Although there have been described what are at present considered to be the preferred embodiments of the present invention, it will be understood that the invention may be embodied in other specific forms without departing from the spirit or essential characteristics thereof. The present embodiments are therefore to be considered in all aspects as illustrative, and not restrictive. The scope of the invention is indicated by the appended claims rather than by the foregoing description.

Claims (9)

We claim:
1. A steering system in a motor vehicle having a frame, comprising:
a pair of steerable wheels;
a swing arm by which said steerable wheels are swingably supported on said frame;
a steering shaft extending substantially vertically in said frame and angularly movable about its own axis;
a steering arm fixed to a lower end of said steering shaft;
a connecting rod having one end pivotally coupled to said steering arm;
a pivot arm swingable in unison with said swing arm and operatively coupled to an opposite end of said connectng rod; and
a pair of tie rods having ends pivotally coupled to said pivot arm and opposite ends on which said steerable wheels are angularly movably supported;
said swing arm comprises two substantially parallel members extending in a longitudinal direction of said frame, a shaft interconnecting said parallel members at ends thereof, and an axle support member interconnecting opposite ends of said parallel members and supporting said steerable wheels swingably with respective knuckle arms thereon, said swing arm being swingably supported by said shaft on said frame.
2. A steering system according to claim 1, wherein said pivot arm is pivotally supported substantially centrally on said axle support member.
3. A steering system according to claim 2, further including a pair of cushioning units having upper ends coupled to said frame and lower ends coupled to said axle support member respectively near opposite ends thereof, said tie rods extending along said axle support member rearwardly of said cushioning units.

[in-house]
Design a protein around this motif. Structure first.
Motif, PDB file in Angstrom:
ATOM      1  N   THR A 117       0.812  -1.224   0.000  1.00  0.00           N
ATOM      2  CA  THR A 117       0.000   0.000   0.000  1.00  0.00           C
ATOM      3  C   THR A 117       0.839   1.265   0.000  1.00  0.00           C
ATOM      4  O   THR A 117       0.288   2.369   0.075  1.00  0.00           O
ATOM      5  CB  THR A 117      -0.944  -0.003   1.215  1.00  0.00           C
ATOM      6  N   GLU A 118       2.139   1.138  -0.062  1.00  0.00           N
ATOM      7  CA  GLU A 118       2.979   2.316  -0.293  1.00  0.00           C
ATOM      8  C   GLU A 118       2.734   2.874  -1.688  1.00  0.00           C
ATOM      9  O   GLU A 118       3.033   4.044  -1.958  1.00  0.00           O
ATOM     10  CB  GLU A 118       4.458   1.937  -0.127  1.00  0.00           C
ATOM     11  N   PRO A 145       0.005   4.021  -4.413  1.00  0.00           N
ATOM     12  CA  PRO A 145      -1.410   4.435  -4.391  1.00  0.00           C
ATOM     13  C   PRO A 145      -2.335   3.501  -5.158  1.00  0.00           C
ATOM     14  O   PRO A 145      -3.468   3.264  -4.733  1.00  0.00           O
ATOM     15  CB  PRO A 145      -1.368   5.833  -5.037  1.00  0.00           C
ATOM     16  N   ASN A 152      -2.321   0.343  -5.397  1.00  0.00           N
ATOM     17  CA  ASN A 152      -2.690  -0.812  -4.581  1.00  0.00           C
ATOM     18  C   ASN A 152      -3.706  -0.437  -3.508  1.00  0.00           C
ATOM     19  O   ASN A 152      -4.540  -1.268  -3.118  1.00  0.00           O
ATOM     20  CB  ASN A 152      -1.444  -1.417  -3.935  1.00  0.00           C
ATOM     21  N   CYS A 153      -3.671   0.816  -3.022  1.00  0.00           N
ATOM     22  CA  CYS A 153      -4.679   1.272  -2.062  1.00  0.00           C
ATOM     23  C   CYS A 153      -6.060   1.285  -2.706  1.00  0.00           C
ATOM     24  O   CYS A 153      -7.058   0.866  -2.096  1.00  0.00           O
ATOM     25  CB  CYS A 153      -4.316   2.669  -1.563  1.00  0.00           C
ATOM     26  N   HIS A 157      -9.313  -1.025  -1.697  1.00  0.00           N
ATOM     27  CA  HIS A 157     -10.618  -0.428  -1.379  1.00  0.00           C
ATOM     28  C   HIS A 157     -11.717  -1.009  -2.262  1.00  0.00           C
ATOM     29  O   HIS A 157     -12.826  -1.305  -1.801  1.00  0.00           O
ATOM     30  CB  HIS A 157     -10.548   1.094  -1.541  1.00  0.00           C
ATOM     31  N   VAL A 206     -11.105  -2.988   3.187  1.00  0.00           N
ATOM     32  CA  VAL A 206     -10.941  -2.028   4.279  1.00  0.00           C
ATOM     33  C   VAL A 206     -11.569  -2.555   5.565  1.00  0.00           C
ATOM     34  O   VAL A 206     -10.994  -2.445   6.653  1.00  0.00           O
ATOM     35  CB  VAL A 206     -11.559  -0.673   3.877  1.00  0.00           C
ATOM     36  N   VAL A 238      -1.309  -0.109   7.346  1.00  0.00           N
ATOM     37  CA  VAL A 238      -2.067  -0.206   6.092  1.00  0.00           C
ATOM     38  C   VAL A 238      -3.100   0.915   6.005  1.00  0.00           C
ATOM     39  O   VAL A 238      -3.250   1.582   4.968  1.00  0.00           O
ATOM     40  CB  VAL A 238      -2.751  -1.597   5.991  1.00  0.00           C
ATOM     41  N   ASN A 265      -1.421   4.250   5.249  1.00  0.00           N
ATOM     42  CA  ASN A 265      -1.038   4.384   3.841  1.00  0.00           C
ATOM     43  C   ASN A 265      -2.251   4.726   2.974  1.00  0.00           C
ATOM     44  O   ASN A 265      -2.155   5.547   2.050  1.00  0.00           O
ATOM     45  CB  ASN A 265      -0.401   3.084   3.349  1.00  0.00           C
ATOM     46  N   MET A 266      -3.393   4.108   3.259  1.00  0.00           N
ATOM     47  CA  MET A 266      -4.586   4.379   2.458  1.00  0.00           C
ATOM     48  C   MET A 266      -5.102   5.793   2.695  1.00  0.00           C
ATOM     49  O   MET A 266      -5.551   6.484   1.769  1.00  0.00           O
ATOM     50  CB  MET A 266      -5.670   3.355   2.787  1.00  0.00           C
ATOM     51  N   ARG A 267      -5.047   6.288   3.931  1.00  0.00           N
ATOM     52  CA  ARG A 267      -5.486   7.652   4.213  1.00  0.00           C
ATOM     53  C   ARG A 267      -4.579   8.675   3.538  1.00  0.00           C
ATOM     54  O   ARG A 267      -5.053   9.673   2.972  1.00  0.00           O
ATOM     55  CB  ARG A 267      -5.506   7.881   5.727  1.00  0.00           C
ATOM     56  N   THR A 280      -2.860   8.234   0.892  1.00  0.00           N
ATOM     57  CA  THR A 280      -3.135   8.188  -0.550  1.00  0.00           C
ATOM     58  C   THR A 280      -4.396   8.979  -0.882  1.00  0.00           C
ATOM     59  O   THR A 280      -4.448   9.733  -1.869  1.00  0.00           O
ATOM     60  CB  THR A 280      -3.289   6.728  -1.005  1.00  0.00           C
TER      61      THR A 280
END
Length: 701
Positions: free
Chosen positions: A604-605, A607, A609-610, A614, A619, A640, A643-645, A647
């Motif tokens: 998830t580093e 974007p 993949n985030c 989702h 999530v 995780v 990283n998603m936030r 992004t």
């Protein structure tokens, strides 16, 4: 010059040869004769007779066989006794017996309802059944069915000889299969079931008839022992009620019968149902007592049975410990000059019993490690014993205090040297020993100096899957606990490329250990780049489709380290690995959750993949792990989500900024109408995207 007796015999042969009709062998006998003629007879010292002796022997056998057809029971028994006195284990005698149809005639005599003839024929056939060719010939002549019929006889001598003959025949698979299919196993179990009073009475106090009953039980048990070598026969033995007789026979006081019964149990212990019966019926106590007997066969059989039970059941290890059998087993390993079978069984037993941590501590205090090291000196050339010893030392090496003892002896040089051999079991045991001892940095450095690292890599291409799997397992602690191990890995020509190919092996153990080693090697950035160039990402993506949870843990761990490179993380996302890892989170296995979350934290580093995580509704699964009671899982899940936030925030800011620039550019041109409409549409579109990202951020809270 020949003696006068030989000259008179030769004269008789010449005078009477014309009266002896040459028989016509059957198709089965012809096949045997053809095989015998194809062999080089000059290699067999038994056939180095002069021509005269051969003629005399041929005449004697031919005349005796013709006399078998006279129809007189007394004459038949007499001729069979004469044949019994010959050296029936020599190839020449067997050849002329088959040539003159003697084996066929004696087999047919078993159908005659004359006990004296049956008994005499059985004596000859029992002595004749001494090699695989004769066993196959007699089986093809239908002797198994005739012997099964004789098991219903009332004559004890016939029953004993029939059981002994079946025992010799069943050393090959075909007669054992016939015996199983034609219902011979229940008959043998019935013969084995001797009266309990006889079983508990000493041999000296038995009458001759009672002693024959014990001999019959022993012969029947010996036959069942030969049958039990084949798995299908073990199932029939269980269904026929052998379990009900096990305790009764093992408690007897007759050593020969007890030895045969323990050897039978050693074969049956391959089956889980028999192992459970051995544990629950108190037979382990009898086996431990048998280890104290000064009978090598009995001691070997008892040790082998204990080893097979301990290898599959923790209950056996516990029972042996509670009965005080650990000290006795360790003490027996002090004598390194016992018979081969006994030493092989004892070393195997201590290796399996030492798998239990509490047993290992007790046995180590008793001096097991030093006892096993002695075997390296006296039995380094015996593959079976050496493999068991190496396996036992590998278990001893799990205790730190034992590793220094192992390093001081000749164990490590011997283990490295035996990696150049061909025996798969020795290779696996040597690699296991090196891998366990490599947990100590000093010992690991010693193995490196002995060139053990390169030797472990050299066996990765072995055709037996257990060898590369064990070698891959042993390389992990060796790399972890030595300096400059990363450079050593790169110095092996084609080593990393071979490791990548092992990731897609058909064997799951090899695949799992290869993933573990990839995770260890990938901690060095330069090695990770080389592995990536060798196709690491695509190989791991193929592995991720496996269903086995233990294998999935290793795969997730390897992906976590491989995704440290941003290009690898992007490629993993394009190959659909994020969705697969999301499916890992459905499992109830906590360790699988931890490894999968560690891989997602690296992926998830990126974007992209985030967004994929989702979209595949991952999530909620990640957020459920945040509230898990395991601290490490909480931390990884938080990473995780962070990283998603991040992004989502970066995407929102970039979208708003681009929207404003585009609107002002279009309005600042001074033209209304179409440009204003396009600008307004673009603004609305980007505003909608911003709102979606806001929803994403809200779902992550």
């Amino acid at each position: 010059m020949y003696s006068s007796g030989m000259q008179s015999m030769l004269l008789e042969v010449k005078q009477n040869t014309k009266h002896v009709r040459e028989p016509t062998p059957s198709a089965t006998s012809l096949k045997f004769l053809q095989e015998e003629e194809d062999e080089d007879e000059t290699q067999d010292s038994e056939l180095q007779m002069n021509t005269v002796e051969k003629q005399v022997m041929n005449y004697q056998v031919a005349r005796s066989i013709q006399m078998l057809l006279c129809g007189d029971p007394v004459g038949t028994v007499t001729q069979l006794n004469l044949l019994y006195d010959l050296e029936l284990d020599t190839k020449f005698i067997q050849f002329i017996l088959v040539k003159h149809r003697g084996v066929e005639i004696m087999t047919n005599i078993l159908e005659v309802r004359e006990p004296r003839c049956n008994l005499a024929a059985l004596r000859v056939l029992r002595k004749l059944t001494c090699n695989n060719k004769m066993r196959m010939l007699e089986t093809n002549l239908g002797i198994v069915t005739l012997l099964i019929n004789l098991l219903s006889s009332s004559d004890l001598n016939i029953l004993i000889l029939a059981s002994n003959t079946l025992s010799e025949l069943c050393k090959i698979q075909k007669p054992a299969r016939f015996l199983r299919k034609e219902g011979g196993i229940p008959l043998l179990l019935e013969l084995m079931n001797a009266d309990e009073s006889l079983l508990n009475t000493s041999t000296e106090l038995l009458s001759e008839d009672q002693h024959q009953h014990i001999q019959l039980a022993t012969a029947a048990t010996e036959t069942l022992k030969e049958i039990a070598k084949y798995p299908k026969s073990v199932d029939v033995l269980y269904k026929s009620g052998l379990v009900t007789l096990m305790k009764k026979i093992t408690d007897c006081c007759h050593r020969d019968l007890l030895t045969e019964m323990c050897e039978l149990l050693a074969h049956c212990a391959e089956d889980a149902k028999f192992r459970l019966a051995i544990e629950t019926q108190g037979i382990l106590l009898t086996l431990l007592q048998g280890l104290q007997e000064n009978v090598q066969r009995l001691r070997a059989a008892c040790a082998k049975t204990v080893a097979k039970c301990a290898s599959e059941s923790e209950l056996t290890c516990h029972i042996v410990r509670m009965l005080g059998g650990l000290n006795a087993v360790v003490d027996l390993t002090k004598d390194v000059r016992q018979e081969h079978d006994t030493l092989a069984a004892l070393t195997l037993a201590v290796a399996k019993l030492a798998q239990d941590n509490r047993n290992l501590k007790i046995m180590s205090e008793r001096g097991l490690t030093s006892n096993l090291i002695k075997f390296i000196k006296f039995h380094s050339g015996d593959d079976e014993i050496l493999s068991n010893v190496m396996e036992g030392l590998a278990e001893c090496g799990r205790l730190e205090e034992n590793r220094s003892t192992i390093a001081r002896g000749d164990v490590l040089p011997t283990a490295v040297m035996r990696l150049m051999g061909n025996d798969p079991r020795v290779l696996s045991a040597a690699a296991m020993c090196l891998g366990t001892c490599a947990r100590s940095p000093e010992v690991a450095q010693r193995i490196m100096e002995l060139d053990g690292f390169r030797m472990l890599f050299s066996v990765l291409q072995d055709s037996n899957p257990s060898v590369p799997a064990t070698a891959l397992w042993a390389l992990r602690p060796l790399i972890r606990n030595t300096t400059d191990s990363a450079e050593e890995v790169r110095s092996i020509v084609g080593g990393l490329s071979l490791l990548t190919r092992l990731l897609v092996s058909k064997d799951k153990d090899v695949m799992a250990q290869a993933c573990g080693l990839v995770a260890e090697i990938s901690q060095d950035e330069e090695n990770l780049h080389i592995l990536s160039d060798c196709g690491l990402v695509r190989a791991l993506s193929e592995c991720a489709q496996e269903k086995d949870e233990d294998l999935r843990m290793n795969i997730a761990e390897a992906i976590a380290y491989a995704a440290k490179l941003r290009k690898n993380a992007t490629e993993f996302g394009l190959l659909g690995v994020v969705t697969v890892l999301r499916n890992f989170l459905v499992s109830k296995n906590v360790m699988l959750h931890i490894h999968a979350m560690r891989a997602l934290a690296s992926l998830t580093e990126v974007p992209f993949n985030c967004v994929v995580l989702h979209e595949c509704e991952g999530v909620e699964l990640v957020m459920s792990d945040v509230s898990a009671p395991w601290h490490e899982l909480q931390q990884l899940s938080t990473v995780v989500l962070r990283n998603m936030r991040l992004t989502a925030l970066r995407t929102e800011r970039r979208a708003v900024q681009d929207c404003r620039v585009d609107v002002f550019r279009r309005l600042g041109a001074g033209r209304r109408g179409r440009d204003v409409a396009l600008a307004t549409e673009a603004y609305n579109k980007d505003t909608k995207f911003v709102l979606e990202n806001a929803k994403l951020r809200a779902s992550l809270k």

4. A steering system according to claim 3, wherein said steering arm is in the form of an elongate plate, said steering shaft being fixed to one end of said elongate plate, said one end of said connecting rod being pivotally coupled to an opposite end of said elongate plate.
5. A steering system according to claim 2, wherein said pivot arm has a first arm member and a second arm member, said opposite end of said connecting arm being pivotally coupled to said first arm member, said ends of said tie rods being pivotally coupled to said second arm member.
6. A steering system according to claim 5, wherein one of said parallel members comprises a sleeve accommodating a propeller shaft therein, said axle support member accommodating therein a drive axle with opposite ends coupled to said steerable wheels; and said motor vehicle respectively, further including a gear case mounted on said axle support member for transmitting output power from said propeller shaft to said drive axle.
7. A steering system according to claim 2, wherein a point where said connecting rod is coupled to said steering arm is positioned in a space range which is swept by said swing arm when it is angularly moved about said shaft.
8. A steering system according to claim 7, wherein said space range includes a range in which said swing arm is angularly moved when said steerable wheels bound and rebound to maximum levels.